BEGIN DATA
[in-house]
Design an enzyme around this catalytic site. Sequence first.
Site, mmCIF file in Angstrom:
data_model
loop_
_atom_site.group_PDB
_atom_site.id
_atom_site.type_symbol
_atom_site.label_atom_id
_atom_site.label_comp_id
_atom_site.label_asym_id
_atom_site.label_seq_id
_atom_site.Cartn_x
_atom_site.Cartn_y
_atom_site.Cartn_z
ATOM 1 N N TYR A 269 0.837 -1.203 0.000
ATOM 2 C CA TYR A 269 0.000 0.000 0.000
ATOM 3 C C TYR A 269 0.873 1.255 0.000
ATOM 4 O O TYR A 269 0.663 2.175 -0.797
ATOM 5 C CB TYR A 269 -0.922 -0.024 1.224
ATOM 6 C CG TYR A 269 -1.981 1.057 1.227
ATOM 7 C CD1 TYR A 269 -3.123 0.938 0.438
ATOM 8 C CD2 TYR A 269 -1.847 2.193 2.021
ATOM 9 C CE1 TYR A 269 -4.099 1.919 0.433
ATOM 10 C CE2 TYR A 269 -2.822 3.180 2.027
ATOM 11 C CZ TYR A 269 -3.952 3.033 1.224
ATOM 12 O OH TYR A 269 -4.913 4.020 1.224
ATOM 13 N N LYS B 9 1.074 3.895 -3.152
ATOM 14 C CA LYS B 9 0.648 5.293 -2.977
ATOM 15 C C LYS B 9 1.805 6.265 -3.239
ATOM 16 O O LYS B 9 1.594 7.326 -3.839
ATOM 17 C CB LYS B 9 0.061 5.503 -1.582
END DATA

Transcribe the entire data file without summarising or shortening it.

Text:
[in-house]
Design an enzyme around this catalytic site. Sequence first.
Site, mmCIF file in Angstrom:
data_model
loop_
_atom_site.group_PDB
_atom_site.id
_atom_site.type_symbol
_atom_site.label_atom_id
_atom_site.label_comp_id
_atom_site.label_asym_id
_atom_site.label_seq_id
_atom_site.Cartn_x
_atom_site.Cartn_y
_atom_site.Cartn_z
ATOM 1 N N TYR A 269 0.837 -1.203 0.000
ATOM 2 C CA TYR A 269 0.000 0.000 0.000
ATOM 3 C C TYR A 269 0.873 1.255 0.000
ATOM 4 O O TYR A 269 0.663 2.175 -0.797
ATOM 5 C CB TYR A 269 -0.922 -0.024 1.224
ATOM 6 C CG TYR A 269 -1.981 1.057 1.227
ATOM 7 C CD1 TYR A 269 -3.123 0.938 0.438
ATOM 8 C CD2 TYR A 269 -1.847 2.193 2.021
ATOM 9 C CE1 TYR A 269 -4.099 1.919 0.433
ATOM 10 C CE2 TYR A 269 -2.822 3.180 2.027
ATOM 11 C CZ TYR A 269 -3.952 3.033 1.224
ATOM 12 O OH TYR A 269 -4.913 4.020 1.224
ATOM 13 N N LYS B 9 1.074 3.895 -3.152
ATOM 14 C CA LYS B 9 0.648 5.293 -2.977
ATOM 15 C C LYS B 9 1.805 6.265 -3.239
ATOM 16 O O LYS B 9 1.594 7.326 -3.839
ATOM 17 C CB LYS B 9 0.061 5.503 -1.582